$LVS $WYNN – “No one knows how to bankrupt casinos like I do.”

I made up the quote in the headline on this post but I’d bet the first thought of everyone — EVERYONE — who read it was Donald Trump said that?!

He might as well have (maybe he has sometime in his daily incoherence). Before he got into the money laundering business with the Russian Oligarchs, he owned casinos in Atlantic City. They all went broke.

He doesn’t own any gambling palaces anymore but it appears as President he’d like to help bankrupt those of his friends as well, like a hobby on the side. Both Sheldon Adelson and Steve Wynn are big Trump supports. Or at least they have been. Looking at what’s happening to the shares of their companies, one wonders if they still are. If they are, what’s the matter with them?

This probably has to do with the way Trump has managed to get the Chinese to quit playing games of chance but who knows? Maybe it’s just his “golden touch” in casinos is contagious? Or maybe, a more obviously, it might be, as much as fools wants to tout the supposed merits of a businessman in the White House, every fool needs to remember the last one was Herbert Hoover.

The worst is likely not over for LVS and WYNN, and the down staircases like these here (see the charts below) are likely going to get built soon in a lot of other stocks, and a lot of market sectors (even now take a glance at housing stocks and bank stocks and place bets).

(click on the charts for a larger view)

$SPY – Is the bouncing cat dead?

The general market has bounced from its low last Thursday.

The actual buy signal was issued on the market’s short-term breadth indicator for Monday’s open three trading days ago. In that time the 3x-leveraged ETF, TQQQ (the Nasdaq) is up 5.8% (the Nasdaq), UPRO (the S&P) is up 5.1% and TNA (the Russell small caps) is up 8.8%.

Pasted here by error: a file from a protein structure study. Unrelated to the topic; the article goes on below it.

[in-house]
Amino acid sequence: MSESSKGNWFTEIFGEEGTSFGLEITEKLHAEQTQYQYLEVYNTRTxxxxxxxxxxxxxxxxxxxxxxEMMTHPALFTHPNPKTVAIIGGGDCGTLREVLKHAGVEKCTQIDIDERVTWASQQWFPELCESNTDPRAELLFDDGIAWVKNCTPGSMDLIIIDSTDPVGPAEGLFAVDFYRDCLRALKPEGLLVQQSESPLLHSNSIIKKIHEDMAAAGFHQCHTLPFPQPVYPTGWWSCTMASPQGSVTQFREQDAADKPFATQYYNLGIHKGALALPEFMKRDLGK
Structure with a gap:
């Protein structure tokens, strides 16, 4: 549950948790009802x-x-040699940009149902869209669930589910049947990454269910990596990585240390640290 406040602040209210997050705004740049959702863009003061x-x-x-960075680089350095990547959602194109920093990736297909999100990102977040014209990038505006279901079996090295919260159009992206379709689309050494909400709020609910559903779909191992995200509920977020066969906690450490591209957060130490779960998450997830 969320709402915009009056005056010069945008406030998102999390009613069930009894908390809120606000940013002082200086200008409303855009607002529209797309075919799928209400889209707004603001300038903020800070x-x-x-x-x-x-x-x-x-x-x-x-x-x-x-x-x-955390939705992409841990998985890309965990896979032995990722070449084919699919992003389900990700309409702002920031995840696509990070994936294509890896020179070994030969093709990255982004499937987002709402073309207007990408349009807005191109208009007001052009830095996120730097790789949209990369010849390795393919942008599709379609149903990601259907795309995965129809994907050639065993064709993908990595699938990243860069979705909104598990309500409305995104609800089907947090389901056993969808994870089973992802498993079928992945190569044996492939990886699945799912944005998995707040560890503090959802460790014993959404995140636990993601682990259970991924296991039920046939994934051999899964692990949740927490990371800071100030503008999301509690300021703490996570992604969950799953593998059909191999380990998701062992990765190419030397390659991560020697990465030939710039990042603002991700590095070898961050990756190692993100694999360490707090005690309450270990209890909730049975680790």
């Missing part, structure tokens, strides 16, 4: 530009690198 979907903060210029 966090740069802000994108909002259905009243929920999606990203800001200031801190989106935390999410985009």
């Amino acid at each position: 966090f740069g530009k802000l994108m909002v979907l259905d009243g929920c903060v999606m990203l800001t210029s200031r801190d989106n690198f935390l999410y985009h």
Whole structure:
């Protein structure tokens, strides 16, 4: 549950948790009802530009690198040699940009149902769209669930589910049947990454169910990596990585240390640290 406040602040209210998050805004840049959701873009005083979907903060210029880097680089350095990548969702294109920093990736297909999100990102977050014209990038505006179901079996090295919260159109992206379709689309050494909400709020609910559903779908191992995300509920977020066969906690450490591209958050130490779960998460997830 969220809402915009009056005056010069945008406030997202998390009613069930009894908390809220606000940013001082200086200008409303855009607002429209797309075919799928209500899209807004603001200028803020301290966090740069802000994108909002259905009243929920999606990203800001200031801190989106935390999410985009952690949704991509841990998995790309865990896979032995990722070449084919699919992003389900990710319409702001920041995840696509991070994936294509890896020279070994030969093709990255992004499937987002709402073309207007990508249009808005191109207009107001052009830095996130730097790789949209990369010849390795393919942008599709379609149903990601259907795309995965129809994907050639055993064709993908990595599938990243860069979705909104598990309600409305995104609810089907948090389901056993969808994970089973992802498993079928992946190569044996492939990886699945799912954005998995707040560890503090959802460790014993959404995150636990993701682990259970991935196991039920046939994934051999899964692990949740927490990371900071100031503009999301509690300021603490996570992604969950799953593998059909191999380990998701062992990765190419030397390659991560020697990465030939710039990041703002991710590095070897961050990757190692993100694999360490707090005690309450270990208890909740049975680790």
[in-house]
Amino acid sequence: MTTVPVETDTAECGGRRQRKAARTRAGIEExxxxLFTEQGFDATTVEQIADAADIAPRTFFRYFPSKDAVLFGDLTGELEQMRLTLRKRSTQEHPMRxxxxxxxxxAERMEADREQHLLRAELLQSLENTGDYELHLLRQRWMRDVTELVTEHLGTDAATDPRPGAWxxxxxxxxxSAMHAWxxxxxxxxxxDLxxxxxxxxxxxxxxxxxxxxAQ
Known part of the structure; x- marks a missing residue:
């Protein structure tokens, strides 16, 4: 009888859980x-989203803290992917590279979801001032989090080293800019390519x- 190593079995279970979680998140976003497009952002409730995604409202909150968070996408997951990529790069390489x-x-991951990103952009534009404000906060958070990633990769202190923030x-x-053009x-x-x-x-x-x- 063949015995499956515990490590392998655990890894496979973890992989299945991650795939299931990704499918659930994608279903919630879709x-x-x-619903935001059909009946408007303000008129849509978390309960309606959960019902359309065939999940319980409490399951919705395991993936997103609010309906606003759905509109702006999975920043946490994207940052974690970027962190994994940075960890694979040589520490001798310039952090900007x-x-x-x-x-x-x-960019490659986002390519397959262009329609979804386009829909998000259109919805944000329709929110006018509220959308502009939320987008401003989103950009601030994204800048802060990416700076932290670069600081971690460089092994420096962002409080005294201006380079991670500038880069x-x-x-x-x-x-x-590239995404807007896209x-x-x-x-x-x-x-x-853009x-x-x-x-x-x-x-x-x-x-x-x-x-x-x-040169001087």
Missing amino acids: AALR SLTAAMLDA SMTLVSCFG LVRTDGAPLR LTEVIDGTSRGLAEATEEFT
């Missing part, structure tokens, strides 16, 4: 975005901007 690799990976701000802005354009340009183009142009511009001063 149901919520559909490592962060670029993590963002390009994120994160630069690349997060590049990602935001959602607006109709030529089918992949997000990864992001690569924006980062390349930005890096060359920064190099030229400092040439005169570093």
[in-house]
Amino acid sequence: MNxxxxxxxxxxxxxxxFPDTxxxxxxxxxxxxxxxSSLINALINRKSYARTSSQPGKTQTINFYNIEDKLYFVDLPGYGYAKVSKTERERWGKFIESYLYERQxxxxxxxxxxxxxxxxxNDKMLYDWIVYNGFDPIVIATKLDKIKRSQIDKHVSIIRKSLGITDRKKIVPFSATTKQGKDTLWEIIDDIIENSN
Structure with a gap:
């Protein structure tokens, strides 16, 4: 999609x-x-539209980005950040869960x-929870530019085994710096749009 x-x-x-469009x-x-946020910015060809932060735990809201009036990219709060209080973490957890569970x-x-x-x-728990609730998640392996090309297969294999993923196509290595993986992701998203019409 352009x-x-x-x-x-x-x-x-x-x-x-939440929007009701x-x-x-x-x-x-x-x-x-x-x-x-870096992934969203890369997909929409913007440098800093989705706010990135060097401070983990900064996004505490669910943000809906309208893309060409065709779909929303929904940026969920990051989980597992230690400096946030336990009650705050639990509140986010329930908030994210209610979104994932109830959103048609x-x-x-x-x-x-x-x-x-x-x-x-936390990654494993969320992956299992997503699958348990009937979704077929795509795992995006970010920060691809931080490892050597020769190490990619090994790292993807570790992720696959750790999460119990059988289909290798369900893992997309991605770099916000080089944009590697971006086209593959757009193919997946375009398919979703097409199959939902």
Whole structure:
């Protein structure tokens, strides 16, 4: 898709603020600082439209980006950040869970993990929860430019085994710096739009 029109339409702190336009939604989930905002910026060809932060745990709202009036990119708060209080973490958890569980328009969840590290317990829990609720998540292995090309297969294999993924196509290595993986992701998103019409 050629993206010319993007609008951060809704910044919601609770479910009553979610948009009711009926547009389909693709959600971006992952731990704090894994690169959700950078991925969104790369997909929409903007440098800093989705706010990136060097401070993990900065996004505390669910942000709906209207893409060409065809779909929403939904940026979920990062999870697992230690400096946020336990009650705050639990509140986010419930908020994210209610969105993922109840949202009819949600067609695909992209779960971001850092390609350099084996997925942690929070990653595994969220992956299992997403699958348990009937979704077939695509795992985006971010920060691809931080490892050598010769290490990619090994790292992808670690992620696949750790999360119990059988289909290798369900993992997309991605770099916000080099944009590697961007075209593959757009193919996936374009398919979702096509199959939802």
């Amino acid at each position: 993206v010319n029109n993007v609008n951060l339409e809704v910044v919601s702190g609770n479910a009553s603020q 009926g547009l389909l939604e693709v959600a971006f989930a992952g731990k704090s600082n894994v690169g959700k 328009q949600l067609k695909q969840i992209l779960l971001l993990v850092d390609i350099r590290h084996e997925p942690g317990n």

All this is fine and dandy in reaction to last week’s fast, severe sell-off.

Now the question rises: Is this a classic “dead-cat bounce”?

In stock market terms, as defined by Investopedia, “a dead cat bounce is a temporary recovery from a prolonged decline or a bear market that is followed by the continuation of the downtrend.”

Despite these last three days, the overall market hasn’t been able as yet to turn the all-important long-term measure breadth (the NYSI, the McClellan Summation Index) up, and today its short-term component (the NYMO) clicked down.

How many times have we see that before — the market pops out of a deep drop and the NYMO turns down in negative territory.

Dead cat? In addition the SPY ends today in a dreaded doji (see the chart below). Dead cat? Sure looks like it. If so, the market’s current recovery will roll over in short order…probably tomorrow. Maybe Friday (or maybe Friday too).

However, this is all could be (and probably is) a positive sign for swing-trading bulls. Since last week’s lows my nifty-50 stock list has moved from 40 stocks on sell signals (usually the bottom or the beginning of the bottom of a swing) to all 50 on buys yesterday. They clicked down slightly today (another sign of the cat) but the last time all this happened was March 5th at the end of the three-day bounce out of the March low. The cat that died that day gave rise in the end to the spring rally. If this bounce dies now, it very well could result in a bottom for a trading rally.

Such a rally may be, in the fullness of time, the last of this bull market and an opportunity for buy-and-holders to lighten up or to raise protective stops before the real bear growls, but it could also be a stock rally that rises all the way to the end of the year.

(click on the chart for a larger view)

$SPY – Market breadth takes a toll on a “Big Wednesday”

In surfing lore, there is the myth of “Big Wednesday.”

The myth was immortalized in the 1978 cult film “Big Wednesday,” written and directed by John Milius, who also wrote such movies as “Jeremiah Johnson”, “The Wind and the Lion” and “Apocalypse Now.” It was Milius’ contention elite surfers cannot acquire true greatness, legendary greatness, until they face and overcome the great waves, the legendary waves that rise and surge and rage along the California coast from out of almost nowhere. No one know why they come or when they come but as the movie puts it: “They always come on Wednesdays.” Maybe what Milius had to say about surfers should also be applied to market traders and investors.

Today was a big Wednesday in the stock market.

The Dow was down more than 800 points, the Nasdaq more than 300, the SPY nearly 100 points. Big moves out of, I guess one could say, flat surf on Tuesday.

Actually this was no real surprise.